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words, and he is endowed with too much good sense not to foresee the dangers which the present partition will ultimately bring upon Europe.

The fact is, the whole of the Continent must be divided into two zones; the north and the south ; and though the people both of the north and of the south all partook of the strife, and endeavoured to brivg it to a conclusion, yet it may be said, that the sovereigns of these two divisions were differently inspired, and had different objects in view. This observation has not escaped our author; for, indeed, it is the very foundation of the conduct which has been pursued by England, Russia, Prussia, and Austria on one side, and by France, Spain, and Italy on the other.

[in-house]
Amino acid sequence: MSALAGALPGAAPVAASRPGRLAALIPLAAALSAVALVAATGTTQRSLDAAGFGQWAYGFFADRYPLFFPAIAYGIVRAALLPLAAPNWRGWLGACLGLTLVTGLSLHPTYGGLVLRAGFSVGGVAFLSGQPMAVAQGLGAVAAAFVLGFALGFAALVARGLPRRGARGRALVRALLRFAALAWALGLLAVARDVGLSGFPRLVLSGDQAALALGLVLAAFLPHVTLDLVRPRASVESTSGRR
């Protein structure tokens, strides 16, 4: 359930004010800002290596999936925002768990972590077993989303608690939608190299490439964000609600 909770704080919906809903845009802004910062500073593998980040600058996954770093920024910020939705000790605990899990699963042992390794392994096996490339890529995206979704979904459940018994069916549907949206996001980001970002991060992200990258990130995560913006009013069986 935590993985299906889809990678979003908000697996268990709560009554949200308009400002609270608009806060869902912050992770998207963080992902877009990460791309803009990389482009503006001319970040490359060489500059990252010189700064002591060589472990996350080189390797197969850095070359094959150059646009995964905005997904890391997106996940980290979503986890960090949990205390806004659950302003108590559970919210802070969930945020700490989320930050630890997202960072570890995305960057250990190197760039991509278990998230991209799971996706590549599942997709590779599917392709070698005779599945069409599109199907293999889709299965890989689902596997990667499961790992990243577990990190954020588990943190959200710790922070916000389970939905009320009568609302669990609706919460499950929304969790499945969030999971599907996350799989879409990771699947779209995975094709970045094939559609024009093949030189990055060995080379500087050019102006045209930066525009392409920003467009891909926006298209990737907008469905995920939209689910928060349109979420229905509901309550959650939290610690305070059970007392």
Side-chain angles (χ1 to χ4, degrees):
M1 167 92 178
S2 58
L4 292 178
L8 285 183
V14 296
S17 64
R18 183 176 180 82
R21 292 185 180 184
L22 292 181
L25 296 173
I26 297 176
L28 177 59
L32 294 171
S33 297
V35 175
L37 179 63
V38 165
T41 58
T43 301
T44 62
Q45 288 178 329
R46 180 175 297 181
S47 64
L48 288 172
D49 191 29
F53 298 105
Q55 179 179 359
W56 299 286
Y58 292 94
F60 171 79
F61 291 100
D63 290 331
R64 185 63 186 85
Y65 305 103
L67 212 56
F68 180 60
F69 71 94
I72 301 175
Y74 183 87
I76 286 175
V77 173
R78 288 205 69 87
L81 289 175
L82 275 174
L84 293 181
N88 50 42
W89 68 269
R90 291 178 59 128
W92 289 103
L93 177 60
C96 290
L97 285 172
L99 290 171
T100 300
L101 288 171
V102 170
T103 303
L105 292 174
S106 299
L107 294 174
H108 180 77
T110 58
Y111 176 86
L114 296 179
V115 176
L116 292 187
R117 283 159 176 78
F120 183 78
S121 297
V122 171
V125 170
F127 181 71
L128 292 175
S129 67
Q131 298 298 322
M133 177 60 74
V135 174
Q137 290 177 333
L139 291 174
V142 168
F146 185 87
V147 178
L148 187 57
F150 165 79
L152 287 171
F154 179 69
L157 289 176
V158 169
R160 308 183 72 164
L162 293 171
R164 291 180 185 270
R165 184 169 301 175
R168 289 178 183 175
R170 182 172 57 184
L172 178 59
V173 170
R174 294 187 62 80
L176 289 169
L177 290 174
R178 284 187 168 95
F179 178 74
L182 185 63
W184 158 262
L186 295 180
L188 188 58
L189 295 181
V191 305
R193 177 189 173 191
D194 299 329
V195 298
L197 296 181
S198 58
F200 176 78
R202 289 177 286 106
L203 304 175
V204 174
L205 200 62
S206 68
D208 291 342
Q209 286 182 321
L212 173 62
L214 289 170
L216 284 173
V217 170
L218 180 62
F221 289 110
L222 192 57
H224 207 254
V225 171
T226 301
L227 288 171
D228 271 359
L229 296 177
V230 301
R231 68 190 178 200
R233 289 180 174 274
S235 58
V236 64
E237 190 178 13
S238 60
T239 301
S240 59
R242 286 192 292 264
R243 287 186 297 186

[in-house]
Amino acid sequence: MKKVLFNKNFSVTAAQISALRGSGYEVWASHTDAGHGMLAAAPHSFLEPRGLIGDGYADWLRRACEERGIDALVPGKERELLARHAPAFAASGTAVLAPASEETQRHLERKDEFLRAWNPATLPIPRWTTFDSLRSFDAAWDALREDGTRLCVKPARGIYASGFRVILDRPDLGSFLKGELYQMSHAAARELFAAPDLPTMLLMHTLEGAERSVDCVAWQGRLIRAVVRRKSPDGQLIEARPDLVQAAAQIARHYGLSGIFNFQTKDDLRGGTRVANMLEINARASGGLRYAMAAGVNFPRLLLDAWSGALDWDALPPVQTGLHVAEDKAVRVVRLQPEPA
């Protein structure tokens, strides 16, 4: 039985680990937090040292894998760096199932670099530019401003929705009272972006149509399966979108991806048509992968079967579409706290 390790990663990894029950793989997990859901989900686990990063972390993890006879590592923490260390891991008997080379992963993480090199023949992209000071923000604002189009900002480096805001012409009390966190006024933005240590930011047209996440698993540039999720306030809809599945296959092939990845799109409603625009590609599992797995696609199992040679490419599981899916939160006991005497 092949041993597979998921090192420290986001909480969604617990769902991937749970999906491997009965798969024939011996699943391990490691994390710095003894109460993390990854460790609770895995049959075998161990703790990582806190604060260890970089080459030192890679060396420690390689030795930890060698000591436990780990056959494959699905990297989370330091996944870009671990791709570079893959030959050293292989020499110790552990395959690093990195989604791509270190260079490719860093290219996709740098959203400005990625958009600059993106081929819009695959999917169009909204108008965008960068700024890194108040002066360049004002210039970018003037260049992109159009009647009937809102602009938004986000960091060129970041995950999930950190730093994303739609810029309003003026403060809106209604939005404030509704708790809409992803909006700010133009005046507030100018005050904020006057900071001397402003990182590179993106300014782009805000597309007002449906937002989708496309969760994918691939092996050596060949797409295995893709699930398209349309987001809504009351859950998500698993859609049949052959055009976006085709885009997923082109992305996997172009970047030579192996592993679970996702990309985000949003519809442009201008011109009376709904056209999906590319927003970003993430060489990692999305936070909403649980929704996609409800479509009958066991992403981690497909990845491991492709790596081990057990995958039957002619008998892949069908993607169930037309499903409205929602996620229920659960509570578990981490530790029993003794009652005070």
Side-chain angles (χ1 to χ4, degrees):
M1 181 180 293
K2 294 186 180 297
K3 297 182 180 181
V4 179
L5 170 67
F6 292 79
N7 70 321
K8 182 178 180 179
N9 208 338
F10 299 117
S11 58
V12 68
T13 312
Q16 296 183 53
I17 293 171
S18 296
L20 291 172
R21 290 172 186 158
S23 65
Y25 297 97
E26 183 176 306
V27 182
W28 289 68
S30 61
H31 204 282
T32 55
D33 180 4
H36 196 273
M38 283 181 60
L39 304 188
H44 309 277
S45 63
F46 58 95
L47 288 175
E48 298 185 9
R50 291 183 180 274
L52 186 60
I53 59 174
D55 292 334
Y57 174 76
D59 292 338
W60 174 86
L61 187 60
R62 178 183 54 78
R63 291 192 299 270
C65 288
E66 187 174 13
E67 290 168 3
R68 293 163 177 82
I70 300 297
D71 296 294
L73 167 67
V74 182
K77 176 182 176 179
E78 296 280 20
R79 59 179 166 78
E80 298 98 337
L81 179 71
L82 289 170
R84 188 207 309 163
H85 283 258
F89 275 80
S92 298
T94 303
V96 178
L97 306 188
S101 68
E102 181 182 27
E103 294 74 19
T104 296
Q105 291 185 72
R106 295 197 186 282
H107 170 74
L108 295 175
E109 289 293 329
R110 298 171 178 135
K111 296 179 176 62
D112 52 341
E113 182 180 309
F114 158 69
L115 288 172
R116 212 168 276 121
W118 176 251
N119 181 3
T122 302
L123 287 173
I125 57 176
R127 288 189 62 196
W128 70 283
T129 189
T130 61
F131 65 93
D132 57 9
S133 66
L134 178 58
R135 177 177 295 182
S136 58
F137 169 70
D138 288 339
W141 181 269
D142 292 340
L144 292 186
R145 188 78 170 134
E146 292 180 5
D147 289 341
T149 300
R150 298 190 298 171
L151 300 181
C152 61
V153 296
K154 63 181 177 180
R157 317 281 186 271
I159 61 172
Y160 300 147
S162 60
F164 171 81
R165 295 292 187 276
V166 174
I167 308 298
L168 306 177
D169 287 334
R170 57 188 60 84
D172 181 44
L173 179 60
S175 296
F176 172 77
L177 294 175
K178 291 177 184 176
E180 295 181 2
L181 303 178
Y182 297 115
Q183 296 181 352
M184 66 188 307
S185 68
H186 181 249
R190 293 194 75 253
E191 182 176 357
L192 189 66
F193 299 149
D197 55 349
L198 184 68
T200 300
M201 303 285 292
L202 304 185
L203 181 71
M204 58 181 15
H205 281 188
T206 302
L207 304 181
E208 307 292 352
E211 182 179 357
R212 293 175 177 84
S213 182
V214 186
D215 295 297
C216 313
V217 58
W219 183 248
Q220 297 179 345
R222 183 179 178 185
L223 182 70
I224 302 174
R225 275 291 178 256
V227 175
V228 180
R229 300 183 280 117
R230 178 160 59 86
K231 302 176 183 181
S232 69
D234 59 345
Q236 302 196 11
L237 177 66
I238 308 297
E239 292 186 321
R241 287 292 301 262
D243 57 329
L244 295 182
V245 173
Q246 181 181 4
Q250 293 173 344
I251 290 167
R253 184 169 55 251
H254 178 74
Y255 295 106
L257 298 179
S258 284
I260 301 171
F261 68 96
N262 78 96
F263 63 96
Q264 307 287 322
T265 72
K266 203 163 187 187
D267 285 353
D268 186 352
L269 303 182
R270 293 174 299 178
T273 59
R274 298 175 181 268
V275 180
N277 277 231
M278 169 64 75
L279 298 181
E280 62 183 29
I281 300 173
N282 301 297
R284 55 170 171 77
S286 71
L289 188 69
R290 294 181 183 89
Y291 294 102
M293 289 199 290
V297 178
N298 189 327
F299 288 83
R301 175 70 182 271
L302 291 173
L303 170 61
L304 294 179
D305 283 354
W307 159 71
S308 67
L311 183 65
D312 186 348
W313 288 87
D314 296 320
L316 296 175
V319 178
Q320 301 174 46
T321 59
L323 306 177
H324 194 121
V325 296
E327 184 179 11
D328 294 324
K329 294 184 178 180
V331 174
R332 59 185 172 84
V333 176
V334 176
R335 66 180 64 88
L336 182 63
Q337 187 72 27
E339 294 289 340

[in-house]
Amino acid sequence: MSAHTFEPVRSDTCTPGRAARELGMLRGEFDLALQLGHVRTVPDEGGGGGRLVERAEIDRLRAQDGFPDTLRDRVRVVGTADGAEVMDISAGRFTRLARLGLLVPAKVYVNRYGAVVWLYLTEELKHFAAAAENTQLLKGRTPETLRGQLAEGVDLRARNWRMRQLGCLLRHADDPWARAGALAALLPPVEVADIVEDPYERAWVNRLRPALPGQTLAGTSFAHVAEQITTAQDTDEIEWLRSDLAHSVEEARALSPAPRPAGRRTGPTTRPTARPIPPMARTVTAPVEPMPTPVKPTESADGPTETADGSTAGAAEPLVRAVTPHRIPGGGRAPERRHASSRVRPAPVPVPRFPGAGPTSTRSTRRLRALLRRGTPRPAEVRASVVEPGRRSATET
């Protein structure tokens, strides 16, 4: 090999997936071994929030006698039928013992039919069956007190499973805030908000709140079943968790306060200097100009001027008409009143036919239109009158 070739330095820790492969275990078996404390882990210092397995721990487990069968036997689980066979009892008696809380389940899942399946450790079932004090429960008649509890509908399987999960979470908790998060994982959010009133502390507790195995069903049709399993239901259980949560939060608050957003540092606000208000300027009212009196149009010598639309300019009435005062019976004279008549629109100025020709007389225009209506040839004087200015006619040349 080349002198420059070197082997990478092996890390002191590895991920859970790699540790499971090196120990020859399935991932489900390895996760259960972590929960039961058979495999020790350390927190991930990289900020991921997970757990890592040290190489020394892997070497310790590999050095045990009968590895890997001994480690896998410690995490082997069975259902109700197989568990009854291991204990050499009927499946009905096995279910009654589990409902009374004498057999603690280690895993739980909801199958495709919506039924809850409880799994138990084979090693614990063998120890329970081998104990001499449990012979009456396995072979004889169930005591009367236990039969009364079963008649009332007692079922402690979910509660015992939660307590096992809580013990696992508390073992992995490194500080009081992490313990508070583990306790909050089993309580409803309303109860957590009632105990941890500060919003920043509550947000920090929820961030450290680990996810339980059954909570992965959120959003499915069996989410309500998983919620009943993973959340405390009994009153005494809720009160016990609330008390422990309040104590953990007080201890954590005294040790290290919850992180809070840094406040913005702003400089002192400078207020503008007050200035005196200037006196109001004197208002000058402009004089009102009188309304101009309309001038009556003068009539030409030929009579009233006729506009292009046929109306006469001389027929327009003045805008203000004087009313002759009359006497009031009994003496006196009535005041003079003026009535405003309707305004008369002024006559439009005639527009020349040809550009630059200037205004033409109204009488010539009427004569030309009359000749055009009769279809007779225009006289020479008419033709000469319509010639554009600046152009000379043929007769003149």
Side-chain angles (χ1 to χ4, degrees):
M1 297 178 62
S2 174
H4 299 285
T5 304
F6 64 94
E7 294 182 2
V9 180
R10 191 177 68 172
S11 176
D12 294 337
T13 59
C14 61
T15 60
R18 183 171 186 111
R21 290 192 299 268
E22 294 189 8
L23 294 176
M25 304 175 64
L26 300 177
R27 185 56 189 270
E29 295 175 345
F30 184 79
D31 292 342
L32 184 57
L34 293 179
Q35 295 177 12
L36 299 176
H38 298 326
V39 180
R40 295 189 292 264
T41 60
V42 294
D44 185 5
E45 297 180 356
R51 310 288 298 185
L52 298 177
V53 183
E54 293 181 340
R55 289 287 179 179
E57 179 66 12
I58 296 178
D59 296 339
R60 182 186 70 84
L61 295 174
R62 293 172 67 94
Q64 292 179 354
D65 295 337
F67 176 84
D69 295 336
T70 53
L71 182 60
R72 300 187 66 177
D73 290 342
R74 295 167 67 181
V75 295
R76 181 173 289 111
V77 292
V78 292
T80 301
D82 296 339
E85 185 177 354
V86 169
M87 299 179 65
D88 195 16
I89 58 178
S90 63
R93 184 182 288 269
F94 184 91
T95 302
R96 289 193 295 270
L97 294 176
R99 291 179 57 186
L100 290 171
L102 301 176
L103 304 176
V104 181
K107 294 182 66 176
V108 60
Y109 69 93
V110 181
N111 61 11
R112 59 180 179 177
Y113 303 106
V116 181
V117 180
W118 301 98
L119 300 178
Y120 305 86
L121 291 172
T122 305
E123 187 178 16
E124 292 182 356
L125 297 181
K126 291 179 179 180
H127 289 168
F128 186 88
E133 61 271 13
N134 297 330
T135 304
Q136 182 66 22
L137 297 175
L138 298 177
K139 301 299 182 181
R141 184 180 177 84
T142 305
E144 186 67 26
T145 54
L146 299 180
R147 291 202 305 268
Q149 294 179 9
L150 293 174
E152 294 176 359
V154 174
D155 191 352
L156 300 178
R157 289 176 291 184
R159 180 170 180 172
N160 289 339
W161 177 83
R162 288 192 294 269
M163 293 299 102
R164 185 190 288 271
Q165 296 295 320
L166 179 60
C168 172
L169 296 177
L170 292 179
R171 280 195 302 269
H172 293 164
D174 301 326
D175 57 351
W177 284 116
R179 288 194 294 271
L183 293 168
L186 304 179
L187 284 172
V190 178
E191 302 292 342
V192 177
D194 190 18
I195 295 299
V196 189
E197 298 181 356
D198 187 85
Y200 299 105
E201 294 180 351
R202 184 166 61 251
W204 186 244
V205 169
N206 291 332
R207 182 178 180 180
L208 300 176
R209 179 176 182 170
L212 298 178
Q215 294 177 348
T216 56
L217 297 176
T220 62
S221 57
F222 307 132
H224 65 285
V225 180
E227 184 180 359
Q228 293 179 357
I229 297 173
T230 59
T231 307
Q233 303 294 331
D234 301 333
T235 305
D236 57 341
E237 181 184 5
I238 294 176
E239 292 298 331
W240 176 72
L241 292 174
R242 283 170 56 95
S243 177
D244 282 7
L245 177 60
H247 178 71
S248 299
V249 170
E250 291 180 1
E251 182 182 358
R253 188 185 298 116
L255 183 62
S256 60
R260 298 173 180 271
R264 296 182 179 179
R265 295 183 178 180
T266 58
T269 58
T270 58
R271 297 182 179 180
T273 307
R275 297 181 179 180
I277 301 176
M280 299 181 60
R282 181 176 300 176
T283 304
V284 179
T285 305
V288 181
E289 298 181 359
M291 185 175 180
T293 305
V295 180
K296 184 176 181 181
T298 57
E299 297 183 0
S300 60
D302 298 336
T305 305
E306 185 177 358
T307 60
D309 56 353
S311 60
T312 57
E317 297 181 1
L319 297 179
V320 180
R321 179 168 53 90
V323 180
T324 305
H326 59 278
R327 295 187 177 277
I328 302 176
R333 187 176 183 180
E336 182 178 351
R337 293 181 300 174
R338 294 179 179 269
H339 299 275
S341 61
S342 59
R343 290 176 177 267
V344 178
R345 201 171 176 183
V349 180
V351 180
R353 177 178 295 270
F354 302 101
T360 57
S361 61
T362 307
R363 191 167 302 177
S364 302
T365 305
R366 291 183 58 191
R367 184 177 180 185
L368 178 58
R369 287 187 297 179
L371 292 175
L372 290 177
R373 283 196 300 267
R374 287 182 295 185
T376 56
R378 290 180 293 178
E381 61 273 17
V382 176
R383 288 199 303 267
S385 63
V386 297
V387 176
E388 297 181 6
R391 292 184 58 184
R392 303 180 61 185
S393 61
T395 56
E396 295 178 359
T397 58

“On one side we beheld the sovereigns of the north and of Germany, themselves conducting their legions towards Paris, which they at last gained, as the period and price of a sanguinary contest, in which all might have been lost, had calculations been made upon seasons, dangers, fatigues, and, I may say, sacrifices.

On the other hand, the possessors of those thrones that the fall of that of Napoleon had restored, and even brought forth by an action of the same spring, beheld themselves reinvested without any other trouble than going from the seat of their exile to that of their power. One half of Europe was transferred to the other on the throne, without any effort on the part of the latter. It is here that we see the difference of disposition between those who give and those who receive." P. 7.